The incoming chairman of the Senate Energy and Natural Resources Committee said enacting a carbon tax would require a “big lift politically” and he plans to instead focus on hydroelectric power, geothermal and biomass to cut carbon emissions.
Senator Ron Wyden, an Oregon Democrat, also said natural gas offers a chance for both parties to seek a compromise on energy policy. New reserves of natural gas are helping improve the economy, he said today at an event in Washington.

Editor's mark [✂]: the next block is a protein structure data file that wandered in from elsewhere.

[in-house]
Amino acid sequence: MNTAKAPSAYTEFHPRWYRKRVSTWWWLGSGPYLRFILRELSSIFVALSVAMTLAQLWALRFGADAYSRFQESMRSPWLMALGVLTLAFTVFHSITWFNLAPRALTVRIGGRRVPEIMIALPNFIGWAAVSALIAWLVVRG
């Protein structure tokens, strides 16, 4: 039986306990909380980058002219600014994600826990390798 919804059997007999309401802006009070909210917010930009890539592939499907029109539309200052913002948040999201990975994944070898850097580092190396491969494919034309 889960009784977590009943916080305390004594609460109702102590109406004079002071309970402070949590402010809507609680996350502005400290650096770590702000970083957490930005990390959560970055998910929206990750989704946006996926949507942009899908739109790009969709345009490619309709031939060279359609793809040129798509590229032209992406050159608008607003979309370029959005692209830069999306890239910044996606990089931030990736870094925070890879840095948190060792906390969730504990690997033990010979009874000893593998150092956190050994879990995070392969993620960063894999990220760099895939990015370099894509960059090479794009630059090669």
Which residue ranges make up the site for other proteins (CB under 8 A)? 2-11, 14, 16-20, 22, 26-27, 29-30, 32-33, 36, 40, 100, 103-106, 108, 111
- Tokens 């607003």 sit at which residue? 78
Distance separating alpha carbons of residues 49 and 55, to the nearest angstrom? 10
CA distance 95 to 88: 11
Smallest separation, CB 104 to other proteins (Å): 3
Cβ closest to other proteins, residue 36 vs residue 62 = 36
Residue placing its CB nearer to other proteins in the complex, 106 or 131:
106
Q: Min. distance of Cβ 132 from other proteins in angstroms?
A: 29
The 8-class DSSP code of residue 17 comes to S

Wyden is scheduled to replace Senator Jeff Bingaman, a New Mexico Democrat, as committee head in the next Congress. Bingaman is retiring.
Senator Lisa Murkowski, an Alaska Republican, also brushed aside the idea that Congress would agree to impose a tax on carbon emissions as a way to raise revenue to help resolve U.S. fiscal problems.
“If we are just looking at this as a revenue raiser for the Treasury, to me that’s bad policy,” Murkowski, top Republican on the panel, said the an event sponsored by CQ-Roll Call and the Nuclear Energy Institute.